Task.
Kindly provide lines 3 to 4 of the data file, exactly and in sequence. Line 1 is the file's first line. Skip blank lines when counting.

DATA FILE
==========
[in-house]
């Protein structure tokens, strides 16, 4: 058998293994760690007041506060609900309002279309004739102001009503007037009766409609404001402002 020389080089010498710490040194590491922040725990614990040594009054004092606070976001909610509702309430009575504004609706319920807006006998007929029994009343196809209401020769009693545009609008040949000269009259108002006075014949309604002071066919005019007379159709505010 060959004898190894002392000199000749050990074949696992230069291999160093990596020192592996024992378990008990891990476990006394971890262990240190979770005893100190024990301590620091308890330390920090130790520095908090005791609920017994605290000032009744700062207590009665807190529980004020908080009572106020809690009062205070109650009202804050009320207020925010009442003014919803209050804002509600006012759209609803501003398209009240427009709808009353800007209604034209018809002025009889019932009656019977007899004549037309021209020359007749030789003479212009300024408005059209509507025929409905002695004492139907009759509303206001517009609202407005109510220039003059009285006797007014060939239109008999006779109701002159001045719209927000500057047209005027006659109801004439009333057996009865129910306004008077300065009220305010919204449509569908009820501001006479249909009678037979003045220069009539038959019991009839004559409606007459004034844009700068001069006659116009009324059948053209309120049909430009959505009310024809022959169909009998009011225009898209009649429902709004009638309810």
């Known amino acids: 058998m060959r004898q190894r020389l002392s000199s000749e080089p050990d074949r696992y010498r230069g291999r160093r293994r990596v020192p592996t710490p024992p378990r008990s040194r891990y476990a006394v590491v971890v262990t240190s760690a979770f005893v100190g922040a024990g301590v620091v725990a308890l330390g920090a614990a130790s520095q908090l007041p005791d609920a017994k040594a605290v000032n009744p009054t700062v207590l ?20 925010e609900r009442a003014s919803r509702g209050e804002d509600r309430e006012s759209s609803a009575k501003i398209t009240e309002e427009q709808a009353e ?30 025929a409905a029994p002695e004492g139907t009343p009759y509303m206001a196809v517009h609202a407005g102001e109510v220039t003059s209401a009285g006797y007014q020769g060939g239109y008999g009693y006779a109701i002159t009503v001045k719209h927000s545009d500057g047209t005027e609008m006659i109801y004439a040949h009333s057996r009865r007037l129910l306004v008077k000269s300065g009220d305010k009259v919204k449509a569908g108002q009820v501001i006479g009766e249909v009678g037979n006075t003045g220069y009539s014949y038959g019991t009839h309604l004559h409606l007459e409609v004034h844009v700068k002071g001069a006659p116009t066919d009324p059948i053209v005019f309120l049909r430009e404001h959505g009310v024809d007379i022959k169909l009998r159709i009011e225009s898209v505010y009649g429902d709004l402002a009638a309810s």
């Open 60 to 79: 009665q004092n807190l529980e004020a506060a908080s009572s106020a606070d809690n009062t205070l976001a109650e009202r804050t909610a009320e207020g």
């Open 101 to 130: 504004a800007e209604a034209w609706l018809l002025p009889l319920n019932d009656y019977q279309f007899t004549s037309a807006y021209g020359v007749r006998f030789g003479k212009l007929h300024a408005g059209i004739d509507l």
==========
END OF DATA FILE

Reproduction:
């Known amino acids: 058998m060959r004898q190894r020389l002392s000199s000749e080089p050990d074949r696992y010498r230069g291999r160093r293994r990596v020192p592996t710490p024992p378990r008990s040194r891990y476990a006394v590491v971890v262990t240190s760690a979770f005893v100190g922040a024990g301590v620091v725990a308890l330390g920090a614990a130790s520095q908090l007041p005791d609920a017994k040594a605290v000032n009744p009054t700062v207590l ?20 925010e609900r009442a003014s919803r509702g209050e804002d509600r309430e006012s759209s609803a009575k501003i398209t009240e309002e427009q709808a009353e ?30 025929a409905a029994p002695e004492g139907t009343p009759y509303m206001a196809v517009h609202a407005g102001e109510v220039t003059s209401a009285g006797y007014q020769g060939g239109y008999g009693y006779a109701i002159t009503v001045k719209h927000s545009d500057g047209t005027e609008m006659i109801y004439a040949h009333s057996r009865r007037l129910l306004v008077k000269s300065g009220d305010k009259v919204k449509a569908g108002q009820v501001i006479g009766e249909v009678g037979n006075t003045g220069y009539s014949y038959g019991t009839h309604l004559h409606l007459e409609v004034h844009v700068k002071g001069a006659p116009t066919d009324p059948i053209v005019f309120l049909r430009e404001h959505g009310v024809d007379i022959k169909l009998r159709i009011e225009s898209v505010y009649g429902d709004l402002a009638a309810s």
């Open 60 to 79: 009665q004092n807190l529980e004020a506060a908080s009572s106020a606070d809690n009062t205070l976001a109650e009202r804050t909610a009320e207020g």